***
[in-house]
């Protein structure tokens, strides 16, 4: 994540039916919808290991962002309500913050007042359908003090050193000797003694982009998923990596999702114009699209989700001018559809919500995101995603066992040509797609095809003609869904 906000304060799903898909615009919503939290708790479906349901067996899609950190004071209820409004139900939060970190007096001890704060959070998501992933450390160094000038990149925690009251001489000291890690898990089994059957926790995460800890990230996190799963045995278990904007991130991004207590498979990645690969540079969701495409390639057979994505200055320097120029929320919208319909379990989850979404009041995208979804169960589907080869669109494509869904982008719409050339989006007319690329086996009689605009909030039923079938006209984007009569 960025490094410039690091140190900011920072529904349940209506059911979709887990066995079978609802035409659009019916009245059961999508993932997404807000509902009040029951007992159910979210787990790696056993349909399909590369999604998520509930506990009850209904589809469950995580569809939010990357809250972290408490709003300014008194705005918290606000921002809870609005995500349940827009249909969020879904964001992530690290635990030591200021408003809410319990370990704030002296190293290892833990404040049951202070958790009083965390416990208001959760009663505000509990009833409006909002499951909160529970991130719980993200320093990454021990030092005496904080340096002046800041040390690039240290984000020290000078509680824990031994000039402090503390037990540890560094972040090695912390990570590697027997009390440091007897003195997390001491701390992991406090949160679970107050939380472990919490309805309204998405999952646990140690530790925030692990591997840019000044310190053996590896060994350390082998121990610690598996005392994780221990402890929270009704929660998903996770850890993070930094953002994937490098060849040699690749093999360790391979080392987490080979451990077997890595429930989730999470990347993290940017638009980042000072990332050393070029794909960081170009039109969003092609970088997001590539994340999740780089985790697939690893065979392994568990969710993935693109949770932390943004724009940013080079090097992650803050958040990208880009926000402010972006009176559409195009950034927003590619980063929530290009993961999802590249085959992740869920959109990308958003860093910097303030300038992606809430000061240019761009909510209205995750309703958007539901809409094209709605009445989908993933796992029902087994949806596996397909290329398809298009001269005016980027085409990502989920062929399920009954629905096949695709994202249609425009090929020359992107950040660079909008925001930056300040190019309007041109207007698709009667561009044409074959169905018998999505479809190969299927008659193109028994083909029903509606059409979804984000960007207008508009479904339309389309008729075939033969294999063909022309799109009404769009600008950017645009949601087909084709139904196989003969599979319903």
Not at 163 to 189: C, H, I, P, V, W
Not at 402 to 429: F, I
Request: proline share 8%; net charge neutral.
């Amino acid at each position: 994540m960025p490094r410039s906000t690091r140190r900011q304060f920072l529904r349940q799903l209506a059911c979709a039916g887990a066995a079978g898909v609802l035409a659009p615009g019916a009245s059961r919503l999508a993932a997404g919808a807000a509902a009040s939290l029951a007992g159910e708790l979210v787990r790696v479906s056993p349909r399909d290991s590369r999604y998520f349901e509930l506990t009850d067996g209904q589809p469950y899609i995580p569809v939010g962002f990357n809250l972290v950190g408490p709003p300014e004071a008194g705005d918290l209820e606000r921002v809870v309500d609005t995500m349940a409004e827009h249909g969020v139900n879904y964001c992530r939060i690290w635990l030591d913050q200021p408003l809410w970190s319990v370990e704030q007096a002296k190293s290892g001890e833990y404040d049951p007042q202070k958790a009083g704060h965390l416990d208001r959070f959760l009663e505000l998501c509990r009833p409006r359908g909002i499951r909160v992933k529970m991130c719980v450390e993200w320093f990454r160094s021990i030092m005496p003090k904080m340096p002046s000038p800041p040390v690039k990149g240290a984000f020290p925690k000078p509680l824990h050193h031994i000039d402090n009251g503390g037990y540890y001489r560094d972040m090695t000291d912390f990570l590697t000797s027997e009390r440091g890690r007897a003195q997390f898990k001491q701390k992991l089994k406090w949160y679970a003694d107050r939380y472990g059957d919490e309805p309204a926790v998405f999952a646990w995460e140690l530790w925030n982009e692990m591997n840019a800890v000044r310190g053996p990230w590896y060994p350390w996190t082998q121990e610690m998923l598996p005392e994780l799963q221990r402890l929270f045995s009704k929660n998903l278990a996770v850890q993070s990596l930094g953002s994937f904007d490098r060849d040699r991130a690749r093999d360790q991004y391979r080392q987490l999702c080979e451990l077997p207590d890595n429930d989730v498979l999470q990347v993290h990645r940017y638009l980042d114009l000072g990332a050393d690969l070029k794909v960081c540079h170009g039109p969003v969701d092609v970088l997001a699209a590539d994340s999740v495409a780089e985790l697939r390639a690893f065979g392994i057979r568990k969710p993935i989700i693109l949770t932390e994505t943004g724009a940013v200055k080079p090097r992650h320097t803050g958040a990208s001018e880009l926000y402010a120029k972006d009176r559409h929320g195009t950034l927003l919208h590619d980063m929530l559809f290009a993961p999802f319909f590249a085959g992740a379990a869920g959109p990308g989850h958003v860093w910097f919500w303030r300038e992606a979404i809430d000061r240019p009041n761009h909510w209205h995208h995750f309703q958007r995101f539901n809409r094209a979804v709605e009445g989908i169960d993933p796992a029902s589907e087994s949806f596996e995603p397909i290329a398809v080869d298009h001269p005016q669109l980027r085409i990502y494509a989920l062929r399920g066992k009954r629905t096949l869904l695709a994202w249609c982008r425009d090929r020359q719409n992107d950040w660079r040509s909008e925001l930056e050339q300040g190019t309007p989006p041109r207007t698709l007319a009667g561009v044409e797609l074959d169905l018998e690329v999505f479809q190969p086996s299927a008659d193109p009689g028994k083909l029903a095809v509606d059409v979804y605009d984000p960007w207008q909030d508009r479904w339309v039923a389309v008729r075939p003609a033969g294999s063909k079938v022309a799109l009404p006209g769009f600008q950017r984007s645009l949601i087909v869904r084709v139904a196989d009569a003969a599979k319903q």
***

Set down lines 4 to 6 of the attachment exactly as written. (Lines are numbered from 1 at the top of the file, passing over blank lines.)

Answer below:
Not at 402 to 429: F, I
Request: proline share 8%; net charge neutral.
């Amino acid at each position: 994540m960025p490094r410039s906000t690091r140190r900011q304060f920072l529904r349940q799903l209506a059911c979709a039916g887990a066995a079978g898909v609802l035409a659009p615009g019916a009245s059961r919503l999508a993932a997404g919808a807000a509902a009040s939290l029951a007992g159910e708790l979210v787990r790696v479906s056993p349909r399909d290991s590369r999604y998520f349901e509930l506990t009850d067996g209904q589809p469950y899609i995580p569809v939010g962002f990357n809250l972290v950190g408490p709003p300014e004071a008194g705005d918290l209820e606000r921002v809870v309500d609005t995500m349940a409004e827009h249909g969020v139900n879904y964001c992530r939060i690290w635990l030591d913050q200021p408003l809410w970190s319990v370990e704030q007096a002296k190293s290892g001890e833990y404040d049951p007042q202070k958790a009083g704060h965390l416990d208001r959070f959760l009663e505000l998501c509990r009833p409006r359908g909002i499951r909160v992933k529970m991130c719980v450390e993200w320093f990454r160094s021990i030092m005496p003090k904080m340096p002046s000038p800041p040390v690039k990149g240290a984000f020290p925690k000078p509680l824990h050193h031994i000039d402090n009251g503390g037990y540890y001489r560094d972040m090695t000291d912390f990570l590697t000797s027997e009390r440091g890690r007897a003195q997390f898990k001491q701390k992991l089994k406090w949160y679970a003694d107050r939380y472990g059957d919490e309805p309204a926790v998405f999952a646990w995460e140690l530790w925030n982009e692990m591997n840019a800890v000044r310190g053996p990230w590896y060994p350390w996190t082998q121990e610690m998923l598996p005392e994780l799963q221990r402890l929270f045995s009704k929660n998903l278990a996770v850890q993070s990596l930094g953002s994937f904007d490098r060849d040699r991130a690749r093999d360790q991004y391979r080392q987490l999702c080979e451990l077997p207590d890595n429930d989730v498979l999470q990347v993290h990645r940017y638009l980042d114009l000072g990332a050393d690969l070029k794909v960081c540079h170009g039109p969003v969701d092609v970088l997001a699209a590539d994340s999740v495409a780089e985790l697939r390639a690893f065979g392994i057979r568990k969710p993935i989700i693109l949770t932390e994505t943004g724009a940013v200055k080079p090097r992650h320097t803050g958040a990208s001018e880009l926000y402010a120029k972006d009176r559409h929320g195009t950034l927003l919208h590619d980063m929530l559809f290009a993961p999802f319909f590249a085959g992740a379990a869920g959109p990308g989850h958003v860093w910097f919500w303030r300038e992606a979404i809430d000061r240019p009041n761009h909510w209205h995208h995750f309703q958007r995101f539901n809409r094209a979804v709605e009445g989908i169960d993933p796992a029902s589907e087994s949806f596996e995603p397909i290329a398809v080869d298009h001269p005016q669109l980027r085409i990502y494509a989920l062929r399920g066992k009954r629905t096949l869904l695709a994202w249609c982008r425009d090929r020359q719409n992107d950040w660079r040509s909008e925001l930056e050339q300040g190019t309007p989006p041109r207007t698709l007319a009667g561009v044409e797609l074959d169905l018998e690329v999505f479809q190969p086996s299927a008659d193109p009689g028994k083909l029903a095809v509606d059409v979804y605009d984000p960007w207008q909030d508009r479904w339309v039923a389309v008729r075939p003609a033969g294999s063909k079938v022309a799109l009404p006209g769009f600008q950017r984007s645009l949601i087909v869904r084709v139904a196989d009569a003969a599979k319903q």